Are there books within the “Economic Class” booklist from the Social Justice Books website that you might consider including in your economics-related lessons? Further, as you explored the other booklist topics, are there specific books from other booklists within this website that you might consider including within other lessons pertaining to social studies, and does the literature you came across provide cross-connections between other core subjects? Also, have you found other websites particularly helpful in providing un-bias literature on any topics within elementary social studies?

Current Events in the Elementary Classroom

https://www.edweek.org/teaching-learning/opinion-seven-ways-to-bring-current-events-into-the-classroom/2020/01

During class discussion this past Tuesday, we talked about the negative and inaccurate portrayal of American Indians in children’s literature, both in writing and in illustration. It should be noted that Dr. Stohr provided us with an authentic connection between American Indian history and a current event occurring in Ukraine. Moreover, Dr. Stohr said (not in these exact words), regarding American Indians and colonists, “How would you feel or what would you do if someone tried taking something away that belonged to you? Then Dr. Stohr connected this question to the statement, “We’ve been seeing this happening to the people of Ukraine.”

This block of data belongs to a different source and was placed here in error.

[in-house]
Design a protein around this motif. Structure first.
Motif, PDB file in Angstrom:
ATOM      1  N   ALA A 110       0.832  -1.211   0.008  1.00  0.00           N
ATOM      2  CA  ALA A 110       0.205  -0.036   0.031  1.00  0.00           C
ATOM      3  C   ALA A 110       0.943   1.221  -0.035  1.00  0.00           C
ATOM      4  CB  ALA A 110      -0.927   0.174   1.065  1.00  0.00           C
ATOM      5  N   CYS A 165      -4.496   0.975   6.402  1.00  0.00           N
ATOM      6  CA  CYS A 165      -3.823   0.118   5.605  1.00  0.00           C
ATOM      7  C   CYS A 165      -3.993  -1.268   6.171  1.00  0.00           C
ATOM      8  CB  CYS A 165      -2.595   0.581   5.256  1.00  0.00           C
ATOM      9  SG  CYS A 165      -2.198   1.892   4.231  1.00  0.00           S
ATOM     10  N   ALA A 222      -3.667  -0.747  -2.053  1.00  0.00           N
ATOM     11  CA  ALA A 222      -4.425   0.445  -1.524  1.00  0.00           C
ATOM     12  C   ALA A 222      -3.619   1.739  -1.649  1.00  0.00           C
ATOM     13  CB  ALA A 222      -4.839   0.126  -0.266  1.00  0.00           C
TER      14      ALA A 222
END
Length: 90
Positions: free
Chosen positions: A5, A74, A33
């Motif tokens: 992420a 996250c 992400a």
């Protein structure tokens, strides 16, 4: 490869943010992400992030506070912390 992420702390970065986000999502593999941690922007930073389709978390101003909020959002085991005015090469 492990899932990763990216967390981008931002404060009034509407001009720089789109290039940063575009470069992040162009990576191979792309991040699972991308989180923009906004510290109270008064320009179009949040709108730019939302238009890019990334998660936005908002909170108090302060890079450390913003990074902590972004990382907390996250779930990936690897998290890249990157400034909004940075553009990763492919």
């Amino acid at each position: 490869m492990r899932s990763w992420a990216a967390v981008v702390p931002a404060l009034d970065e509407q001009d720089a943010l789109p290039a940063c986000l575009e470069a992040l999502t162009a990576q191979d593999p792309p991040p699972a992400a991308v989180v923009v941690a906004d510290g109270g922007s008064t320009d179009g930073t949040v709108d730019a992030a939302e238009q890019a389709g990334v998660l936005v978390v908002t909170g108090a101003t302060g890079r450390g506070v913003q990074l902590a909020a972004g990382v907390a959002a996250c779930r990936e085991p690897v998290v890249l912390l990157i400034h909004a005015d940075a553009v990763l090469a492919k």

Our class discussion regarding current events continued as Aiden mentioned the topic of immigration status in the media. Further, how do we address this with students who may be exposed to the images and videos of “migrant children in cages” at the United States southern border in an appropriate manner?

With the goal of creating a positive and welcoming classroom climate, teachers must provide a safe space for their students to ask questions about current events. How can we best support students who are might be affected or knows of a friend/family member that is directly affected by a current event? How can we effectively and appropriately connect current events to what we are teaching in the classroom? Which grade level, within the elementary school, do you believe teachers should start including current event topics into their teachings?